Editorial counterpoint: I’m the gubernatorial candidate Star Tribune types don’t like. My plans are not like theirs.
As a businessman and non-politician, I’d only heard stories about Star Tribune Editorial Board meetings until my recent visit. Given my philosophy of lower taxes, reduced spending, ending MNsure, eliminating teacher tenure, favoring buses over light rail, and calling on President Obama to not send unaccompanied illegal immigrant children to Minnesota, I was pretty sure I wasn’t likely to be endorsed (“Johnson is top pick in bid for governor,” Aug. 4).
My perspective on leading the state of Minnesota is very different from the Editorial Board’s and also differs in many respects from those of my three Republican competitors in the GOP primary. The board would continue many of Gov. Mark Dayton’s policies that I think are taking our state in the wrong direction and denying opportunity to thousands of Minnesotans. I won’t continue them.
Though my opponents differ philosophically from the Editorial Board, they seem to share the belief that a growing government taking more of our money and our opportunities is a fact of life.
Maybe because I don’t come from the political culture in St Paul, I see things very differently. When you’re the governor, when you’re a leader, your job is to figure out a way to get things done, not make excuses for why you can’t. Of course it’s not going to be easy to get our agenda passed; if it were easy, it wouldn’t matter who held the governor’s office.
Unlike my Republican opponents, I’m not going to give Sen. Tom Bakk or the Senate DFL veto power over our agenda. As I have throughout this campaign, I’m taking our case to the people so they know our agenda will make their lives better and help move this state forward.
Too many Republicans have nothing to offer other than the word “no.” I ’m strongly opposed to what Gov. Dayton and President Obama are doing, but that can’t be the end of the discussion. We need leaders who can explain how conservative principles will help all Minnesotans and who have a sense of urgency about the changes we need to make.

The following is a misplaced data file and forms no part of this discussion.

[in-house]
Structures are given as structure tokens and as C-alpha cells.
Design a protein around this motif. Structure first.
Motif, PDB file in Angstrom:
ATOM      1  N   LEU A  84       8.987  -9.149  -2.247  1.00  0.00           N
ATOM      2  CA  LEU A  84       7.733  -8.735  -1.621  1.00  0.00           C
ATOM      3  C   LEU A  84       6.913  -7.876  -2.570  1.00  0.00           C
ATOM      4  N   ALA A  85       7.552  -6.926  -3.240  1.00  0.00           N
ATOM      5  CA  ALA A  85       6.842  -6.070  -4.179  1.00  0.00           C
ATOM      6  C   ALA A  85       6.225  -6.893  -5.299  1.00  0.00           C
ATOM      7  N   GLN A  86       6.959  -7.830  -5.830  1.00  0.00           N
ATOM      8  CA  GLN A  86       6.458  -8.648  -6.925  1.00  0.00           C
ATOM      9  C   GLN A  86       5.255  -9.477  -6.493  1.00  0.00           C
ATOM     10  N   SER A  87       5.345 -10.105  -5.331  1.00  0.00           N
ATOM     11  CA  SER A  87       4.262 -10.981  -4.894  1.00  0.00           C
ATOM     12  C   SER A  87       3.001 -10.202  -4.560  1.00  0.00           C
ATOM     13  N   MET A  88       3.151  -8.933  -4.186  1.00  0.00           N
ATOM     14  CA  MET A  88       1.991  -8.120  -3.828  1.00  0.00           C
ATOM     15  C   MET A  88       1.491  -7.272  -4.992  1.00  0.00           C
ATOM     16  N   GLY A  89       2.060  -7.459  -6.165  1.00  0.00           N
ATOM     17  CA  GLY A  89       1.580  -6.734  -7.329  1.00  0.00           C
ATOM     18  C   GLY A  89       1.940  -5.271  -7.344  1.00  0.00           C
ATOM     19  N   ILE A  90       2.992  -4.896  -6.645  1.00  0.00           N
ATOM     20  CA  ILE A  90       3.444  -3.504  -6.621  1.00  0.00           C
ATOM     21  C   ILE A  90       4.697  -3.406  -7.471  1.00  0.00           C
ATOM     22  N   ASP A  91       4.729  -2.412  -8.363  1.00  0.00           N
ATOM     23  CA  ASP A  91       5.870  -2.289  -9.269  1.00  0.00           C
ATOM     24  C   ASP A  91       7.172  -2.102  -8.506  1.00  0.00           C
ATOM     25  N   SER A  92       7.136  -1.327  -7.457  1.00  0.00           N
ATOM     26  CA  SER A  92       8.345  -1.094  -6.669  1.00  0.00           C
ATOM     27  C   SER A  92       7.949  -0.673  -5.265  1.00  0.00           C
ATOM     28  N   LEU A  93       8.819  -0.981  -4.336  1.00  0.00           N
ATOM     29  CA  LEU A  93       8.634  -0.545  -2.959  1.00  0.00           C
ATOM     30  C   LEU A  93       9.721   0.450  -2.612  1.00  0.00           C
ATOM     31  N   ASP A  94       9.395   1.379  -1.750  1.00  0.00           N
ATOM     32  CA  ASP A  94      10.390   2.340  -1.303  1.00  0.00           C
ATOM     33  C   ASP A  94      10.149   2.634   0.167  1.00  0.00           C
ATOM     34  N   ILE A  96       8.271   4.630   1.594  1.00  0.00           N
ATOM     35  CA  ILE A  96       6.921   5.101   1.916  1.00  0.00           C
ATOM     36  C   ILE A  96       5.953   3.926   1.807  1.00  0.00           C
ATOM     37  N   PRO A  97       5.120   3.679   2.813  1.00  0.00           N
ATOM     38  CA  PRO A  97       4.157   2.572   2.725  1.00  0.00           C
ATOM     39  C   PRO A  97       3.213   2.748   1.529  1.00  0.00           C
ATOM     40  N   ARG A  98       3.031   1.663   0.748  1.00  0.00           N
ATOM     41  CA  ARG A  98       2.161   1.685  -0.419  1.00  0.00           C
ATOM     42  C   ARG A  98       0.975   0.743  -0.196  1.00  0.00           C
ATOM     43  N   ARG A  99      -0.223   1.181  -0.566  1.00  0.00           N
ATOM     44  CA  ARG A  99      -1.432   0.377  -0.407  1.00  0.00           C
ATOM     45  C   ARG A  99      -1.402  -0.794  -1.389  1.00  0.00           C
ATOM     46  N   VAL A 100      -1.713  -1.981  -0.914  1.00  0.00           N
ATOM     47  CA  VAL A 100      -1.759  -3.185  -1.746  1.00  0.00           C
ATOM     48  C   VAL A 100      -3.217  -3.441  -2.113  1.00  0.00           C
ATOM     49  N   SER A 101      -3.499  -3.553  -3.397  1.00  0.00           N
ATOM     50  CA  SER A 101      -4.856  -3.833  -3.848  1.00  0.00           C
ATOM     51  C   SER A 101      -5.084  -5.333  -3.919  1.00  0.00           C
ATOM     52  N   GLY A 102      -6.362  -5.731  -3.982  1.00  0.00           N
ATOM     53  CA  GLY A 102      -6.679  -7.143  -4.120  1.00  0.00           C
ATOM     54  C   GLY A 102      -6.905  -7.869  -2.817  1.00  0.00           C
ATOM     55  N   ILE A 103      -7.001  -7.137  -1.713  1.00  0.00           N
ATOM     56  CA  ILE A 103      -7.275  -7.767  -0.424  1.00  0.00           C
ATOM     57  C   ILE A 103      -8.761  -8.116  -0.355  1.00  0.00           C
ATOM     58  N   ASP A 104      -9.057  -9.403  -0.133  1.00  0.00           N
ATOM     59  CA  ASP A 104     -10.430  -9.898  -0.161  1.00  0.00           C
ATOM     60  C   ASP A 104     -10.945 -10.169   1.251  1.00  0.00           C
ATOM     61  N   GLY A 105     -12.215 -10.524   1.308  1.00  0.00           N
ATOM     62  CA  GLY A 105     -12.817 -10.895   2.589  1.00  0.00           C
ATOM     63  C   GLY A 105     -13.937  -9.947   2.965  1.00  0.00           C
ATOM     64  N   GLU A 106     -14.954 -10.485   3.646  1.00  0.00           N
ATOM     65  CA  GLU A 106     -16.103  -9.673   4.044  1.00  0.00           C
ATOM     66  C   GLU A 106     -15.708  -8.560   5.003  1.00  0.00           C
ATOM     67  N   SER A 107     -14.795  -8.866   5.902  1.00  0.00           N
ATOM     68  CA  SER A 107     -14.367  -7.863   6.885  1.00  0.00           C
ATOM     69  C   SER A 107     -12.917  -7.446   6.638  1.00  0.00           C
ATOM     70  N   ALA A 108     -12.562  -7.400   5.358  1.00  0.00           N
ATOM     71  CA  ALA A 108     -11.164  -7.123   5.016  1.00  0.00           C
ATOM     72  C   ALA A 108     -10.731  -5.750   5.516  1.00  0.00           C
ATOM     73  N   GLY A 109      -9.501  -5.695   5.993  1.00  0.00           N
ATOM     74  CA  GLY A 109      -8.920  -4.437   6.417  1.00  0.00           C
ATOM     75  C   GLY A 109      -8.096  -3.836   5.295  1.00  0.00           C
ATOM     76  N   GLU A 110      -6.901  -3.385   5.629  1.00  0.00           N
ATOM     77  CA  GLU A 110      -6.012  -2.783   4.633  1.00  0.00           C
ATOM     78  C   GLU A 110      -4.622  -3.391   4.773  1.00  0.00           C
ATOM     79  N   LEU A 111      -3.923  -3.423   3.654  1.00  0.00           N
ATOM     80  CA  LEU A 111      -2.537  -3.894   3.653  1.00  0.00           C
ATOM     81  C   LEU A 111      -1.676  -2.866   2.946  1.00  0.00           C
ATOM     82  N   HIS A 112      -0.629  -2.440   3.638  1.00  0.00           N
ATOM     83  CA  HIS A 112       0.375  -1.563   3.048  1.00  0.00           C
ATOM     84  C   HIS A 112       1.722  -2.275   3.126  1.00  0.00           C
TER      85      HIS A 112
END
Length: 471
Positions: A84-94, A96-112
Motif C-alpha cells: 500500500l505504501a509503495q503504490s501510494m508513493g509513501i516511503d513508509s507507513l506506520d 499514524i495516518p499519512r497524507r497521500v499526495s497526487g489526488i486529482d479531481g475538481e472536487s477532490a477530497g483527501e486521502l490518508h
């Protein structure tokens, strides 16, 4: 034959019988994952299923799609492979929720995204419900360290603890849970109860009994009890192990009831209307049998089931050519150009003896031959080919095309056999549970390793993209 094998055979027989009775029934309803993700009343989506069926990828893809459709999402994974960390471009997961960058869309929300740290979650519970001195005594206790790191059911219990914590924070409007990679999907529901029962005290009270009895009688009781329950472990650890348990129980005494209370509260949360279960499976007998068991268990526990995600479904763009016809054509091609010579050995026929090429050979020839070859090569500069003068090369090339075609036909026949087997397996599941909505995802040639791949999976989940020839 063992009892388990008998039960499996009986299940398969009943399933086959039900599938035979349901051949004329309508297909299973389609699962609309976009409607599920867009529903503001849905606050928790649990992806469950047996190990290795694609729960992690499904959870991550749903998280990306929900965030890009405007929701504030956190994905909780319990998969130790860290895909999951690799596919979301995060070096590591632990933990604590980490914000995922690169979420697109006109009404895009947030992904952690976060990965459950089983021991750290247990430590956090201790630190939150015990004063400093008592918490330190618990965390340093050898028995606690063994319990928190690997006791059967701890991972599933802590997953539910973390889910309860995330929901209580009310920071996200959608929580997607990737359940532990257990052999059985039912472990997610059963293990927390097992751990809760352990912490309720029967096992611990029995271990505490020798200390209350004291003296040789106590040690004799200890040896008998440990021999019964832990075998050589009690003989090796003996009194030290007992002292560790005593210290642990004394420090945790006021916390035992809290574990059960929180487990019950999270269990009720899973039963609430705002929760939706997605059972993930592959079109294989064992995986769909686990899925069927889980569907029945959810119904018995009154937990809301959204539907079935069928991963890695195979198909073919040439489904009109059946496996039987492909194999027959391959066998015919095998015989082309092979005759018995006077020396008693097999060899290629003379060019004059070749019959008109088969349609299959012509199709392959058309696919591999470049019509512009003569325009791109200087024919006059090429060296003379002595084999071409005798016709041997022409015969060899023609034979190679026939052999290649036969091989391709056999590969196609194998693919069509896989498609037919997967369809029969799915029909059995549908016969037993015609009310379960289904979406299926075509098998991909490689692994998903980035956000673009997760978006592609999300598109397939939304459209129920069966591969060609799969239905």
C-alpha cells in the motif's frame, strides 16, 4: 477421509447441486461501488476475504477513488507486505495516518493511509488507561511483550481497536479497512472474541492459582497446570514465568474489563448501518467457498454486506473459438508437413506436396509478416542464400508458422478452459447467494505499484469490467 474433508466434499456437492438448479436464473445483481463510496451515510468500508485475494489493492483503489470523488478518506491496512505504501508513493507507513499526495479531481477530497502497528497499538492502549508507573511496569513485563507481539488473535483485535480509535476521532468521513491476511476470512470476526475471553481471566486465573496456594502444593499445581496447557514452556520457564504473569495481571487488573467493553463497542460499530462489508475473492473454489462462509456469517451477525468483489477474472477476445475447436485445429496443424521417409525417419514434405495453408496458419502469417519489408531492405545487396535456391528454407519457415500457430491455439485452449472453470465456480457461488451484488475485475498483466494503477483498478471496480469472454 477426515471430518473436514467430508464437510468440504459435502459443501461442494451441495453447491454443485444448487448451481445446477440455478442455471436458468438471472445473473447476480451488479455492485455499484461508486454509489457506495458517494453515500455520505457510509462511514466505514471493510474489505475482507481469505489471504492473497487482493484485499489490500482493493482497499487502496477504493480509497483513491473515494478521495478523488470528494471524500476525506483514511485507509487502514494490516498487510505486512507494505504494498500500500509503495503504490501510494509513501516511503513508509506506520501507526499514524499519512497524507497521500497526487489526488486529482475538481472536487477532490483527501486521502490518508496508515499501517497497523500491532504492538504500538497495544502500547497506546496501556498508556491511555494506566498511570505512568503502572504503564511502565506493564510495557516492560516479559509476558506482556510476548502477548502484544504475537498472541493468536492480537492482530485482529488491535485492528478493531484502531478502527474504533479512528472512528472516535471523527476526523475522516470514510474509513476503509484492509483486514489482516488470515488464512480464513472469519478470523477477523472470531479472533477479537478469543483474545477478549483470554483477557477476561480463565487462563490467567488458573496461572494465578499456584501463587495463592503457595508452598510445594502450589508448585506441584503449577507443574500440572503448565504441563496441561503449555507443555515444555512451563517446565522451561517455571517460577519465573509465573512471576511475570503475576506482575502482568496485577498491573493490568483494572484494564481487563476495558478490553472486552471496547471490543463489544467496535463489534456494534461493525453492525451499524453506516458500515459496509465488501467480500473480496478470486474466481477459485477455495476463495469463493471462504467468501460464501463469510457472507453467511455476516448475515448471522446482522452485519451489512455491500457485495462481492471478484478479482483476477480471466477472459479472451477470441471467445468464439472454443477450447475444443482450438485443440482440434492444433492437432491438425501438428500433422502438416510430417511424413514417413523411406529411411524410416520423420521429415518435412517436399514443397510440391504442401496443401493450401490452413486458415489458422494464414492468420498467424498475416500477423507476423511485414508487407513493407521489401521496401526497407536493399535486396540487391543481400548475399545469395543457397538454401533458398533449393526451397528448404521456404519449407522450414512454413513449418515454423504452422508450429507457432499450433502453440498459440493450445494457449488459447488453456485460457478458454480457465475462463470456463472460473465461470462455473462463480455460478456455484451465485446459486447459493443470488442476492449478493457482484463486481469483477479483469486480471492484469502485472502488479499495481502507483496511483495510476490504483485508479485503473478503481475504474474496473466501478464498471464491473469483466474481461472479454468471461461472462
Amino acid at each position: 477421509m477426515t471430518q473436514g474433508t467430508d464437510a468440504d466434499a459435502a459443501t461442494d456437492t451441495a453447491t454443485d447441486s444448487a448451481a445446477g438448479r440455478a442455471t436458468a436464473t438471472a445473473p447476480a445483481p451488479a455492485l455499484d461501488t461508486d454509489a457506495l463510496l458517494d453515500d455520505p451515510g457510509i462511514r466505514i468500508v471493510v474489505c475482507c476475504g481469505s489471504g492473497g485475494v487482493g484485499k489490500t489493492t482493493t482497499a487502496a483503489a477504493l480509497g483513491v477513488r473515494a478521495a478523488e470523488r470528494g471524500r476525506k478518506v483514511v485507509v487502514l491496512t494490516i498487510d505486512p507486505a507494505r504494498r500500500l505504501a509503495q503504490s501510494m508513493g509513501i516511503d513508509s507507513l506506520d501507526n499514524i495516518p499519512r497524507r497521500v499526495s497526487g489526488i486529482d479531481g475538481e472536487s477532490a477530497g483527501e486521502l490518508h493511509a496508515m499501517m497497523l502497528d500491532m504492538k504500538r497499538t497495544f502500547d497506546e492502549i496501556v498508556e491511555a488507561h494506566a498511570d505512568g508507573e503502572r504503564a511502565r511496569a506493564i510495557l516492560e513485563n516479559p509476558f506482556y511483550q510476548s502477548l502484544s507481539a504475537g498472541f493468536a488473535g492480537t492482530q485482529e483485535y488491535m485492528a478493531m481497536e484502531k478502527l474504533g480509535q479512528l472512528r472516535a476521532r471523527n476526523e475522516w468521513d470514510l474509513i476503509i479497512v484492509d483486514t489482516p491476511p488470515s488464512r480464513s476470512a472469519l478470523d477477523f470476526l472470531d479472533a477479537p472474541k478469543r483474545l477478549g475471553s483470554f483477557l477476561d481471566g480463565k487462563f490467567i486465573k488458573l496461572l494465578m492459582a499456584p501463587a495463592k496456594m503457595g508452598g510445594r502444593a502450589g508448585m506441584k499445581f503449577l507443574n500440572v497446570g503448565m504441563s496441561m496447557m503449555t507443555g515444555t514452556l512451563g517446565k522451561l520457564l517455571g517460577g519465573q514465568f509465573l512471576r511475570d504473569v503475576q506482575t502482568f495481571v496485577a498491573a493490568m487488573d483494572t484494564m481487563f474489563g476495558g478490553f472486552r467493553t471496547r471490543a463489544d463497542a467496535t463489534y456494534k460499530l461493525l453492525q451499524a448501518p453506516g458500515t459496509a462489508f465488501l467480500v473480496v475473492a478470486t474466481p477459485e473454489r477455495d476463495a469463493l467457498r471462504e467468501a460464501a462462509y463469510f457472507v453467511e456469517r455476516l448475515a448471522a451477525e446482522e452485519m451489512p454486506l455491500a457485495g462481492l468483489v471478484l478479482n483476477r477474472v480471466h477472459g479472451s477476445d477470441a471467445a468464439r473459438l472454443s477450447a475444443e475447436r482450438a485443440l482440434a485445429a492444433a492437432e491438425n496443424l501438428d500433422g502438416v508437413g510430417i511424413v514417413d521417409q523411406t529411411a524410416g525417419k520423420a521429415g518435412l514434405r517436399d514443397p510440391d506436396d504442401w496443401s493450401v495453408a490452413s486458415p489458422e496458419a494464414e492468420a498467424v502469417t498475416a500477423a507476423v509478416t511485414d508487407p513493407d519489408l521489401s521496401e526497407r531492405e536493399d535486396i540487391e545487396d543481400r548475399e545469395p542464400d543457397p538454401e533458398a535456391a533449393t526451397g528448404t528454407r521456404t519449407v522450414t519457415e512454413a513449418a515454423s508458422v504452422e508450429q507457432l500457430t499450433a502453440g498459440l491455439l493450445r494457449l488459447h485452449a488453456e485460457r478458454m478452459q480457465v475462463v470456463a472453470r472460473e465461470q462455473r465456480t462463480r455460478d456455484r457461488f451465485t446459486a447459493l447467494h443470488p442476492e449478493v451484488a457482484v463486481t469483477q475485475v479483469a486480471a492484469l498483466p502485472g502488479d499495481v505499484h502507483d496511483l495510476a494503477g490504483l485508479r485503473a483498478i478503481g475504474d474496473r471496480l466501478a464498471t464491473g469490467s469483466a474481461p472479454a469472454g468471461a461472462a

I owe it to the people of our state to present real solutions that will make their lives better: make it easier for them to find a job, keep more of what they earn, educate their kids, get quality health care, save for retirement, and the other important priorities in our lives.
I’ve offered a detailed set of policy proposals that will promote economic growth and job creation and another that will control spending and make government more accountable. With them, Minnesota will have a chance to reach its full potential.
I plan to work cooperatively with the Legislature to get this done. But if legislators say no to good ideas, if they get bogged down in the usual political games, I’ll subscribe to Ronald Reagan’s adage: “If they won’t see the light, make them feel the heat.”
When political insiders talk about being “realistic,” it’s code for “we just have to keep doing it the way we’ve always done it.” I completely reject that point of view. In politics as in business, it takes leadership to get results. Minnesota will have to beat the St. Paul insiders if we’re going to pass major tax reform, overhaul spending, or fix health care and education.
It doesn’t take much skill or leadership to jam through an agenda when you have big majorities. Barack Obama proved that. But having participated in more high-stakes negotiations than I can count, I’ll tell you that you don’t start a negotiation by throwing away key points and giving up important principles. You start from the best ground possible and work from there.
Our most effective leaders made the biggest and best changes when they marshaled the people behind them, helping prod reluctant Republicans and Democrats to do the right thing. That’s what I’ll do as governor, and I ask for your vote in the primary on Tuesday.
Scott Honour is an Orono businessman and Republican candidate for governor.
The Opinion section is produced by the Editorial Department to foster discussion about key issues. The Editorial Board represents the institutional voice of the Star Tribune and operates independently of the newsroom.